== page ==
Here’s an example from the OG (OG12e, #37; OG 13e, #39):

39) Although shistosomiasis is not often fatal, it is often so debilitating that it has become an economic drain on many developing countries.

      (A) it is often so debilitating that it has become an economic


      (B) it is of such debilitation, it has become an economical


      (C) so debilitating is it as to become an economic


      (D) such is its debilitation, it becomes an economical


    (E) there is so much debilitation that it has become an economical

Let’s start with the split in the final word of the five answer choices: economic vs. economical.  We are talking about the drain that the costs associated with shistosomiasis impose on the economy of a developing country.  In other words, we need an adjective that pertains to a country’s economy: that would be “economic.”  By contrast, an “economical drain” would be a money-saving way to lose money??? That makes no sense!!  Clearly, “economic” is correct and “economical” is completely incorrect: right there you can eliminate (B), (D), and (E), thereby enormously simplifying the task of answering this question.

While we’re discussing this question, I’ll also mention a couple other relevant points.  First of all, “so X that Y” is the correct idiom; “so X as to Y” is incorrect.  That’s why (A) is correct and (C) is incorrect, and this leaves (A) as the only possible correct answer.  Also, notice that the answers flip/flop between “debilitating” (the participle form of a verb) and “debilitation” (a noun).  Which do you think is more active, a noun or a participle?  Verbs are the very essence of action, so any verb form will be more active, more vital, than a static noun.  Strong, direct, active writing is strongly favored on the GMAT.  Therefore, it’s a good bet that if a particular word flip-flops between noun form and verb form among the five answer choices on a GMAT SC question, the correct answer often will involve the verb form, as it does in this question.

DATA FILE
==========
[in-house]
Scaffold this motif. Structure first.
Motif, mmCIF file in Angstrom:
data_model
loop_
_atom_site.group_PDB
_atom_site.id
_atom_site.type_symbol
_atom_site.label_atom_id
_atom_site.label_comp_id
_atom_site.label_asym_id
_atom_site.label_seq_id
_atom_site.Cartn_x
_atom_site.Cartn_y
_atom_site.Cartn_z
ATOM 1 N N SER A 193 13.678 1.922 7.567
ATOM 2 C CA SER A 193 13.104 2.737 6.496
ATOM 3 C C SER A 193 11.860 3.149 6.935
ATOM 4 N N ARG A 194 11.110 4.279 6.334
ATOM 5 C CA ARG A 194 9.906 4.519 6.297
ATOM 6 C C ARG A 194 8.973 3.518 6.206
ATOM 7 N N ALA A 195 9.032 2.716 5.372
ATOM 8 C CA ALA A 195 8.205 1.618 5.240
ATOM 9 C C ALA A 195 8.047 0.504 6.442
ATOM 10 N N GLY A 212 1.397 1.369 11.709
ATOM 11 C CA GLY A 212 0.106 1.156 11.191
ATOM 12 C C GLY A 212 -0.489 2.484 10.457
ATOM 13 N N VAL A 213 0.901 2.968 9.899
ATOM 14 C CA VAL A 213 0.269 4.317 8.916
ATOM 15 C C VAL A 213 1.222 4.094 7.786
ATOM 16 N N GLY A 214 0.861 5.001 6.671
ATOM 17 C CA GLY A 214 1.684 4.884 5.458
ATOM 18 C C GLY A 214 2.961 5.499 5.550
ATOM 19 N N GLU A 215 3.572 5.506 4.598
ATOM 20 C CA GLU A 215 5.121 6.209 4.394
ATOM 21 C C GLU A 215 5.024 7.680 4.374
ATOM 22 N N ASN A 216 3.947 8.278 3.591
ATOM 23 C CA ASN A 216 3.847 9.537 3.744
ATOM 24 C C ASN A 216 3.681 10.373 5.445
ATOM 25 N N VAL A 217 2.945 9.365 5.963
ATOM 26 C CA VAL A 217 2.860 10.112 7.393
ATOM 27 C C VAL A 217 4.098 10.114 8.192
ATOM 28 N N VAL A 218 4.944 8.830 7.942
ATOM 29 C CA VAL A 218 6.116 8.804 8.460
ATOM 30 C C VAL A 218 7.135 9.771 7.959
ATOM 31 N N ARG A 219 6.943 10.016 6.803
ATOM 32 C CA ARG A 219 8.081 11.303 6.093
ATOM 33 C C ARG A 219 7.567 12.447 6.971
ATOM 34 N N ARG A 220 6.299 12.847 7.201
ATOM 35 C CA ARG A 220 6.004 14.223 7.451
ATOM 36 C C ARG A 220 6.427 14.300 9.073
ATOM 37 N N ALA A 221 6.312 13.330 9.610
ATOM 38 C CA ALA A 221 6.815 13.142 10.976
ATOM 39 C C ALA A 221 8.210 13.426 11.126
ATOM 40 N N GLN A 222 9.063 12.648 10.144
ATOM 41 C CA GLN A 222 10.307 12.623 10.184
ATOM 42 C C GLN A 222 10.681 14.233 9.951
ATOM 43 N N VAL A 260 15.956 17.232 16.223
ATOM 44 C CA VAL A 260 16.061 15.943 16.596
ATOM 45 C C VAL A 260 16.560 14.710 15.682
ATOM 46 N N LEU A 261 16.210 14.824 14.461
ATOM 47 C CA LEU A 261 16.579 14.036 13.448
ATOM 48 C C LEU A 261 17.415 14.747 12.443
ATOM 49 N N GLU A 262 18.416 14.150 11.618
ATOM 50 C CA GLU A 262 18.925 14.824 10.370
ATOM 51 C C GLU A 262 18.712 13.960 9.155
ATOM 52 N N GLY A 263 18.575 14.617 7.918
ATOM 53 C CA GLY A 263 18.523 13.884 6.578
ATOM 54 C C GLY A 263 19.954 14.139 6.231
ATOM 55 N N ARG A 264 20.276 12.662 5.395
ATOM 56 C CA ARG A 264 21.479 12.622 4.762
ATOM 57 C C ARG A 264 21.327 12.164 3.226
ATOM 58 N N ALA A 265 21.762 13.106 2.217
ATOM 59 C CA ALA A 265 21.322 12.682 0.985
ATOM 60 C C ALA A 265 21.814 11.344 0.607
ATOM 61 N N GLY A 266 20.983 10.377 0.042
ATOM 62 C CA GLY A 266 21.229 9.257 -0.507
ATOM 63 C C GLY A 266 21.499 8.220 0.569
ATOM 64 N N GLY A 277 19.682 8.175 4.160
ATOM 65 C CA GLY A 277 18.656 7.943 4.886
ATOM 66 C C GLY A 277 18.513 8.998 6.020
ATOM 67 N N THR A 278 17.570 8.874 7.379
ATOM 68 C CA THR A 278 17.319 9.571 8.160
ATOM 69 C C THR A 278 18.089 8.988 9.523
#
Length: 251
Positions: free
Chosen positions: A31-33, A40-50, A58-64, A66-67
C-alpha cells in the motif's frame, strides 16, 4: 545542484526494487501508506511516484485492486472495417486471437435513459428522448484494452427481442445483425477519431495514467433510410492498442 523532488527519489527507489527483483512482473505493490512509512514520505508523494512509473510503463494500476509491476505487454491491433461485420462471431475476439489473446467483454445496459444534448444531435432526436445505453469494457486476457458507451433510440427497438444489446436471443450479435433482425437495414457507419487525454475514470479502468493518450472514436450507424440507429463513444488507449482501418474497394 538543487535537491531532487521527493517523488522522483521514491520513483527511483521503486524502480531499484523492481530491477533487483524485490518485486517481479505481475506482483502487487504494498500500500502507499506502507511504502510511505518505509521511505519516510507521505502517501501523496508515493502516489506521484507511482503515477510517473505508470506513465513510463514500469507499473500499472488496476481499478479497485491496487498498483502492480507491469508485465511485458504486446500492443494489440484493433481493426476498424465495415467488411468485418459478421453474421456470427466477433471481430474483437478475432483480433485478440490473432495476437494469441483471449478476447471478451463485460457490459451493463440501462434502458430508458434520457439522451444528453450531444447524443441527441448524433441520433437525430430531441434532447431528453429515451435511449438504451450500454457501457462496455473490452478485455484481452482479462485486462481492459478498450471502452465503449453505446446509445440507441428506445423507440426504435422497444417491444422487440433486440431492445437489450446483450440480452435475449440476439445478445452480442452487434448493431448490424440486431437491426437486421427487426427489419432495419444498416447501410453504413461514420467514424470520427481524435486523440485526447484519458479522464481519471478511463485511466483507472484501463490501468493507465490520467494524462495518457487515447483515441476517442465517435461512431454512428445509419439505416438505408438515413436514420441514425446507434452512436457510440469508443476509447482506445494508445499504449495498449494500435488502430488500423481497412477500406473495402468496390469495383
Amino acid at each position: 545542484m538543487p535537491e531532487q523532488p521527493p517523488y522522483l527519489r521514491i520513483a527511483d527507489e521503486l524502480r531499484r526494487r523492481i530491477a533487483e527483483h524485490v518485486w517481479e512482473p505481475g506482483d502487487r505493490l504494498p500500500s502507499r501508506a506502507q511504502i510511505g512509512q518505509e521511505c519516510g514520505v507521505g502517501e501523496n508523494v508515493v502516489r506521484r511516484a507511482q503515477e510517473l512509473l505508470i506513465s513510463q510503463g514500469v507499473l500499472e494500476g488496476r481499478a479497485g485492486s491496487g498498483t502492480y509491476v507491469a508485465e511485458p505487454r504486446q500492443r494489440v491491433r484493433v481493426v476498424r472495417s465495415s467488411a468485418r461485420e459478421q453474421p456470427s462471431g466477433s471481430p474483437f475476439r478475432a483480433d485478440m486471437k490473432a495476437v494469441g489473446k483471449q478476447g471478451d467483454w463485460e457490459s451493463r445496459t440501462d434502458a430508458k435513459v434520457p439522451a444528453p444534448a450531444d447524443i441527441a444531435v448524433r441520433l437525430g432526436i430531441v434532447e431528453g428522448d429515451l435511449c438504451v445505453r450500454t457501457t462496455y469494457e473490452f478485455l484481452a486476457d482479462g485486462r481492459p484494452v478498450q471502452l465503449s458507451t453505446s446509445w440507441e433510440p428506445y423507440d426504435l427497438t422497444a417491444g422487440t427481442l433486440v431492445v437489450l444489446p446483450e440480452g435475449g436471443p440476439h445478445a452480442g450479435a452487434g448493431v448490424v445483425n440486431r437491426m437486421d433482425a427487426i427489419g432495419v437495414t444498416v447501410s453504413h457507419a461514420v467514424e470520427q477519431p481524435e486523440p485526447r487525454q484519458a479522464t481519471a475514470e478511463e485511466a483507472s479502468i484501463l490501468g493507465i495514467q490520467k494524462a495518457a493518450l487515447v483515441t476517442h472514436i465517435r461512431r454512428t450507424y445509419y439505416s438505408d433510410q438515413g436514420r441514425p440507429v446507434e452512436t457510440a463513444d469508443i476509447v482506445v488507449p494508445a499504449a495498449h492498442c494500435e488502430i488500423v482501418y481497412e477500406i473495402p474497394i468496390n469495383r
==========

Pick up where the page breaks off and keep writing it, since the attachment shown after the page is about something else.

Keep an eye out for the economic/economical differences on the GMAT Verbal section and, in cases like the one above, it will be a magic key of simplification.

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6 Responses to GMAT Sentence Correction: The Power of “al”, the Adjectival Ending

  1. Swetha February 28, 2014 at 3:24 am #

    Hi Mike,

    With regards to the OG example you explained above, I am wondering why you instantly crossed (C) as incorrect.